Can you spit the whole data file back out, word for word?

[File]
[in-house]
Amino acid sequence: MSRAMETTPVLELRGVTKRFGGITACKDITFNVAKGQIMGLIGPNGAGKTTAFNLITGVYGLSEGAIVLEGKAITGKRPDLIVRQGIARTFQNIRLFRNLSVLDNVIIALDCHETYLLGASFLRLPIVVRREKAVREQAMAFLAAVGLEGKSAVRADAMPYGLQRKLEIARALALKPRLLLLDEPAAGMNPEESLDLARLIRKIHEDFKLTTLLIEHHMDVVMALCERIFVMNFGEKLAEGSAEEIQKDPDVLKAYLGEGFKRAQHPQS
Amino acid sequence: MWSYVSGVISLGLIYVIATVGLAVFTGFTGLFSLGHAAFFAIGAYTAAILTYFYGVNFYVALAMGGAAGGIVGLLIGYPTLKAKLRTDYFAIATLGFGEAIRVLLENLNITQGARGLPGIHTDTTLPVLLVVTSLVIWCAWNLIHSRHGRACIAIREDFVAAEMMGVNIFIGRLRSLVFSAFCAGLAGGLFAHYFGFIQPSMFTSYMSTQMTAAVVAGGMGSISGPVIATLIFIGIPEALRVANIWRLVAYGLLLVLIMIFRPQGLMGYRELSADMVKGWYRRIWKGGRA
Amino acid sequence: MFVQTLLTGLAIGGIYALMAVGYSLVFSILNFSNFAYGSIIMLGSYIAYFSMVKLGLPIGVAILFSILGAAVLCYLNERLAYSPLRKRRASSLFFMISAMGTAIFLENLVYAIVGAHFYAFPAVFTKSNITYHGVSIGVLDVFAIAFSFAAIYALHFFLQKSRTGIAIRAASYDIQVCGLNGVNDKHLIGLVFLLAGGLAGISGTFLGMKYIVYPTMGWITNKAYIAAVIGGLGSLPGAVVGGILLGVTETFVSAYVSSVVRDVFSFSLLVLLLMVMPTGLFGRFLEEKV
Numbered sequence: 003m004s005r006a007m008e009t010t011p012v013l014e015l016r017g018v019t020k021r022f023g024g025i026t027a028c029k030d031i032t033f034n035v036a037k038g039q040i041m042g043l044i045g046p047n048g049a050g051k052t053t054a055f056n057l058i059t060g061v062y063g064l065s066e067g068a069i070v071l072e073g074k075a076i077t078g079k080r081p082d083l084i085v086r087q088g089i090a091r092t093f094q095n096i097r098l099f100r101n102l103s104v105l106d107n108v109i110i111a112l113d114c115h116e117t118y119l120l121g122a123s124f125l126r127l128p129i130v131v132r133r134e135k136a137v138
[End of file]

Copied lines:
[in-house]
Amino acid sequence: MSRAMETTPVLELRGVTKRFGGITACKDITFNVAKGQIMGLIGPNGAGKTTAFNLITGVYGLSEGAIVLEGKAITGKRPDLIVRQGIARTFQNIRLFRNLSVLDNVIIALDCHETYLLGASFLRLPIVVRREKAVREQAMAFLAAVGLEGKSAVRADAMPYGLQRKLEIARALALKPRLLLLDEPAAGMNPEESLDLARLIRKIHEDFKLTTLLIEHHMDVVMALCERIFVMNFGEKLAEGSAEEIQKDPDVLKAYLGEGFKRAQHPQS
Amino acid sequence: MWSYVSGVISLGLIYVIATVGLAVFTGFTGLFSLGHAAFFAIGAYTAAILTYFYGVNFYVALAMGGAAGGIVGLLIGYPTLKAKLRTDYFAIATLGFGEAIRVLLENLNITQGARGLPGIHTDTTLPVLLVVTSLVIWCAWNLIHSRHGRACIAIREDFVAAEMMGVNIFIGRLRSLVFSAFCAGLAGGLFAHYFGFIQPSMFTSYMSTQMTAAVVAGGMGSISGPVIATLIFIGIPEALRVANIWRLVAYGLLLVLIMIFRPQGLMGYRELSADMVKGWYRRIWKGGRA
Amino acid sequence: MFVQTLLTGLAIGGIYALMAVGYSLVFSILNFSNFAYGSIIMLGSYIAYFSMVKLGLPIGVAILFSILGAAVLCYLNERLAYSPLRKRRASSLFFMISAMGTAIFLENLVYAIVGAHFYAFPAVFTKSNITYHGVSIGVLDVFAIAFSFAAIYALHFFLQKSRTGIAIRAASYDIQVCGLNGVNDKHLIGLVFLLAGGLAGISGTFLGMKYIVYPTMGWITNKAYIAAVIGGLGSLPGAVVGGILLGVTETFVSAYVSSVVRDVFSFSLLVLLLMVMPTGLFGRFLEEKV
Numbered sequence: 003m004s005r006a007m008e009t010t011p012v013l014e015l016r017g018v019t020k021r022f023g024g025i026t027a028c029k030d031i032t033f034n035v036a037k038g039q040i041m042g043l044i045g046p047n048g049a050g051k052t053t054a055f056n057l058i059t060g061v062y063g064l065s066e067g068a069i070v071l072e073g074k075a076i077t078g079k080r081p082d083l084i085v086r087q088g089i090a091r092t093f094q095n096i097r098l099f100r101n102l103s104v105l106d107n108v109i110i111a112l113d114c115h116e117t118y119l120l121g122a123s124f125l126r127l128p129i130v131v132r133r134e135k136a137v138